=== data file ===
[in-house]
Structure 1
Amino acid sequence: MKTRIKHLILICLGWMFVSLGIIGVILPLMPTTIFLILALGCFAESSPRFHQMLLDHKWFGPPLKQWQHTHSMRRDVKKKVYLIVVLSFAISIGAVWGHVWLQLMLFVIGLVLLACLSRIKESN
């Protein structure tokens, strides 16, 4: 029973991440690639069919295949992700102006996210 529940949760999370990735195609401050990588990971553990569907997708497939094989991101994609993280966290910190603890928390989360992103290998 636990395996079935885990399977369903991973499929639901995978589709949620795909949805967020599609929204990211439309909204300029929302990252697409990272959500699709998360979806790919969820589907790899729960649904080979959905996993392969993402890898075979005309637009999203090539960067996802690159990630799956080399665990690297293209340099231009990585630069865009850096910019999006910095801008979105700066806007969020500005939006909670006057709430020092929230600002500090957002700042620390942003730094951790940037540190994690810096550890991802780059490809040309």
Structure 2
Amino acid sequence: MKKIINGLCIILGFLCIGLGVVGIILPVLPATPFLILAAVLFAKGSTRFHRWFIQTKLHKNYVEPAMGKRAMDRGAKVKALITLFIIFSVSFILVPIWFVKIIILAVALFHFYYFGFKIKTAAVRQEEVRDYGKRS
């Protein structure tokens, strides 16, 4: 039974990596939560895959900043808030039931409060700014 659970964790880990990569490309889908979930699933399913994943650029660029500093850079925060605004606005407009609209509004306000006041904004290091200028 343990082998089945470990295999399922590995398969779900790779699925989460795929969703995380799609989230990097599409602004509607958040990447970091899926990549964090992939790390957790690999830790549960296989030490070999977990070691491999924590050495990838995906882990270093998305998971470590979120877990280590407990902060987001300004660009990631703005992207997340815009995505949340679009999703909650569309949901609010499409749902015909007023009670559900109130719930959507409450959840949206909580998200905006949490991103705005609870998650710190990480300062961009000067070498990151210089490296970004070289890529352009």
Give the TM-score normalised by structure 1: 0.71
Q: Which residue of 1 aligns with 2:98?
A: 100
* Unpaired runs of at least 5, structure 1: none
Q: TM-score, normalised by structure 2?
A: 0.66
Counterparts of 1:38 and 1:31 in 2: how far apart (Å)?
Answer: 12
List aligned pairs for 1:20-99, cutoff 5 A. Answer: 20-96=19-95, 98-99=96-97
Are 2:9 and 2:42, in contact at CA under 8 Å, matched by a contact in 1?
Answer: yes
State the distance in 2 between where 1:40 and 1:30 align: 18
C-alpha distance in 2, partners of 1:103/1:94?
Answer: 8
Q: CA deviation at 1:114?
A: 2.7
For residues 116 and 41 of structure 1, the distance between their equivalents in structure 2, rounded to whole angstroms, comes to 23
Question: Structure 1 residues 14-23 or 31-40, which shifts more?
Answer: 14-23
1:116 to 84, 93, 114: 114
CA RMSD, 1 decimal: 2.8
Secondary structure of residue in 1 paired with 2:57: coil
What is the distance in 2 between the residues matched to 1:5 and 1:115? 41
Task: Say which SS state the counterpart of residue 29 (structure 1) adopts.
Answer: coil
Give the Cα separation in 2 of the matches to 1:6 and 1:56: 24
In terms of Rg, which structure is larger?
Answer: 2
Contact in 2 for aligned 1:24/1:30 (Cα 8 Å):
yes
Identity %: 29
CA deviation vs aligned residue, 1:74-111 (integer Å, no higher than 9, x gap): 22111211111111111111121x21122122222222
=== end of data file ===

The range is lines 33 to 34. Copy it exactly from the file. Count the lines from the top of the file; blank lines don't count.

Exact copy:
Give the Cα separation in 2 of the matches to 1:6 and 1:56: 24
In terms of Rg, which structure is larger?